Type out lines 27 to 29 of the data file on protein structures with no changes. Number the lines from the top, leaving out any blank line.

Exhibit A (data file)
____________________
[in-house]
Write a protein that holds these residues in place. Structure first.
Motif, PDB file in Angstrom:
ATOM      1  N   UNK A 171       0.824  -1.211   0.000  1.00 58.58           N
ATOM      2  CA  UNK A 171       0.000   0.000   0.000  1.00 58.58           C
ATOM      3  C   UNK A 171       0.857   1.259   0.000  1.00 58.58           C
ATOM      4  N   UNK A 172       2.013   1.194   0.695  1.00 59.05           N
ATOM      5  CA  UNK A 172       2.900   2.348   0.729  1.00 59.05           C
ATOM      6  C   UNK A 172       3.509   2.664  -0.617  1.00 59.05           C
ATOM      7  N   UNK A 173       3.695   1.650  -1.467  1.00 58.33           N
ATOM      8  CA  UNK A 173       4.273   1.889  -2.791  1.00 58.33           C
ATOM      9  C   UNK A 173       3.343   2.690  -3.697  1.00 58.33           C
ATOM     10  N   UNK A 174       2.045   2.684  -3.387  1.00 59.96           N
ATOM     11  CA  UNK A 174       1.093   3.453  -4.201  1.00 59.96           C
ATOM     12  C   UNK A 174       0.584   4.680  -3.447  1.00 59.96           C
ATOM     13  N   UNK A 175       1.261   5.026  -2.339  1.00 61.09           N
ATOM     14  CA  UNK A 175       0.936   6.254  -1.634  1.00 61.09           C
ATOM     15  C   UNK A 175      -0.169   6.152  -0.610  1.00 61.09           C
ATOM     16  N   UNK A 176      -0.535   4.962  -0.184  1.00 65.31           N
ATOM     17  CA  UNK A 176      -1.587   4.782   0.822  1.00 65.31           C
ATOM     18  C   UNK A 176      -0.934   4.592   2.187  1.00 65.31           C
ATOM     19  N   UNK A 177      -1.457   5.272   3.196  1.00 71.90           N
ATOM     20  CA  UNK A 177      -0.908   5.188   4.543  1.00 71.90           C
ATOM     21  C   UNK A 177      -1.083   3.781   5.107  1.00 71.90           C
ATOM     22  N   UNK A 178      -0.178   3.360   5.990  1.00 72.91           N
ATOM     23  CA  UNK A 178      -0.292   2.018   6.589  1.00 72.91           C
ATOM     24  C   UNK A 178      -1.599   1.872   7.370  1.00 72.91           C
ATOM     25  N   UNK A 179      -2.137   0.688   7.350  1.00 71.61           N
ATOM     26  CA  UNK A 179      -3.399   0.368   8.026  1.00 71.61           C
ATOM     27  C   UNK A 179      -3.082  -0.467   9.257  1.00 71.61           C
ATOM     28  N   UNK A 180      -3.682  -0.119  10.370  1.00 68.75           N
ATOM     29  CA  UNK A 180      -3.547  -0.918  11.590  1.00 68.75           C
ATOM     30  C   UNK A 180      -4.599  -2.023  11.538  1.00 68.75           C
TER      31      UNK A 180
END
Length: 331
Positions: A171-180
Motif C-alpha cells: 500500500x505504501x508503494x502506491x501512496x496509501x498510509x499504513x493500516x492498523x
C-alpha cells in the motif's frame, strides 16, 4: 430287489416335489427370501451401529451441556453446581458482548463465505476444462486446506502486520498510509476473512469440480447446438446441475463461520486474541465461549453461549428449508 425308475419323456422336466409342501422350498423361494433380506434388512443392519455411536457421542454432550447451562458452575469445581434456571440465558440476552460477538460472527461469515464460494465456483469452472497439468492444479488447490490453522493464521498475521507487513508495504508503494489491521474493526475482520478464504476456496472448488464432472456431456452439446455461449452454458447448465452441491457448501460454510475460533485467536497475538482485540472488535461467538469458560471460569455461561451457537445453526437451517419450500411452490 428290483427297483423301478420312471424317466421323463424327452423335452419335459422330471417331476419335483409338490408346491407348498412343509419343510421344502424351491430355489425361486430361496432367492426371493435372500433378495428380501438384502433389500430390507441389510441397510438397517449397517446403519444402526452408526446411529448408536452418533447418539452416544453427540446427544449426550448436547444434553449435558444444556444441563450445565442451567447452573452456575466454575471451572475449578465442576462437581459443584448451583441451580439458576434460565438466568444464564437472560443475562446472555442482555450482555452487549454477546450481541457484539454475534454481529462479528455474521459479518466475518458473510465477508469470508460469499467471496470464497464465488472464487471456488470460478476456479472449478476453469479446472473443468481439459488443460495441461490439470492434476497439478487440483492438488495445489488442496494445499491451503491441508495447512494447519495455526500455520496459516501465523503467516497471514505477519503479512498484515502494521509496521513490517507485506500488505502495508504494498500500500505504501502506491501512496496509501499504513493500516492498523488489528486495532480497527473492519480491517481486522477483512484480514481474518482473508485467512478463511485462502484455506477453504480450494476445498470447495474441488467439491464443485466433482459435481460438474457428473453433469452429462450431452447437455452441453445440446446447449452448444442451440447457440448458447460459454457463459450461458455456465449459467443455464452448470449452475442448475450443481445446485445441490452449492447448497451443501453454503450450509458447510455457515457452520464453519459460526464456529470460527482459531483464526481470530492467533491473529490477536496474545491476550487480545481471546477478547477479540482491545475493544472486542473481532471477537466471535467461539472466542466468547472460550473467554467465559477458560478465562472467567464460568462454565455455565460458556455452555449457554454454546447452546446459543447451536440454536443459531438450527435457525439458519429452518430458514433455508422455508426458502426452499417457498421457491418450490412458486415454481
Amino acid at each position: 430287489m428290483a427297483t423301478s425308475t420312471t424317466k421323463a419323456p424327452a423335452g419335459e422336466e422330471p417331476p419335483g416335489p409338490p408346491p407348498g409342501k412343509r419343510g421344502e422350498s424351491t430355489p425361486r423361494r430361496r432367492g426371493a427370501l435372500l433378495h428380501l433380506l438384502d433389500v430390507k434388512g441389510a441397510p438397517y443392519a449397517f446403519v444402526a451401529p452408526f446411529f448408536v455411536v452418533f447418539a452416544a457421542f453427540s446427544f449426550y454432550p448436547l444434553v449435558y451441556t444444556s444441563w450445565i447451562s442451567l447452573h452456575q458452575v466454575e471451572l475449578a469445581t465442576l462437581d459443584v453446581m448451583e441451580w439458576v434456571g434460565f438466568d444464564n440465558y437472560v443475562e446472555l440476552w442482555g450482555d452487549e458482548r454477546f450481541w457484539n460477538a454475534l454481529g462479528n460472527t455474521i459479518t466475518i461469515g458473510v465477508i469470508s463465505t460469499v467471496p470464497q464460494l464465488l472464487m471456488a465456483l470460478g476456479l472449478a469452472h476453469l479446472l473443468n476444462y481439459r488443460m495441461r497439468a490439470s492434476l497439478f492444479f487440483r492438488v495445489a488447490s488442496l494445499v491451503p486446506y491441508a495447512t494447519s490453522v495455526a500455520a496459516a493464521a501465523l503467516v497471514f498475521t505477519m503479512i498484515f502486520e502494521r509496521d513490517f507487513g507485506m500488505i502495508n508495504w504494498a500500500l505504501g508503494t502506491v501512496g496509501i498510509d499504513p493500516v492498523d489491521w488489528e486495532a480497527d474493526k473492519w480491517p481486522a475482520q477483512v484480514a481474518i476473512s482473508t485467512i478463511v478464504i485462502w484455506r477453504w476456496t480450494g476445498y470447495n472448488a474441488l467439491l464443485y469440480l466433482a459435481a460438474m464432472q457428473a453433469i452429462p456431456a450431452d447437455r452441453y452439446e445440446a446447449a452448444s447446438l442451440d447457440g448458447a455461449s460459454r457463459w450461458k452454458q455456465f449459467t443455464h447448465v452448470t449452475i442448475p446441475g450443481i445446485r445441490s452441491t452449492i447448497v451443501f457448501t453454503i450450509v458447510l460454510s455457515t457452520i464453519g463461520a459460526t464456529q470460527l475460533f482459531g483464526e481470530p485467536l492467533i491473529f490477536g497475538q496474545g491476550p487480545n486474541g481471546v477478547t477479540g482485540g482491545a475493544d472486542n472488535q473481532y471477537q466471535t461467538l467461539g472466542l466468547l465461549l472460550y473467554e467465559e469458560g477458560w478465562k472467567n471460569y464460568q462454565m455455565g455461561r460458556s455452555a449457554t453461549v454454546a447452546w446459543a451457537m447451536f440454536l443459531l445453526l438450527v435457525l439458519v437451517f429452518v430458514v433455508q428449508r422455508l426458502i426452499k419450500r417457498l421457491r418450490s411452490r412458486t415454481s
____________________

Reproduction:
ATOM     24  C   UNK A 178      -1.599   1.872   7.370  1.00 72.91           C
ATOM     25  N   UNK A 179      -2.137   0.688   7.350  1.00 71.61           N
ATOM     26  CA  UNK A 179      -3.399   0.368   8.026  1.00 71.61           C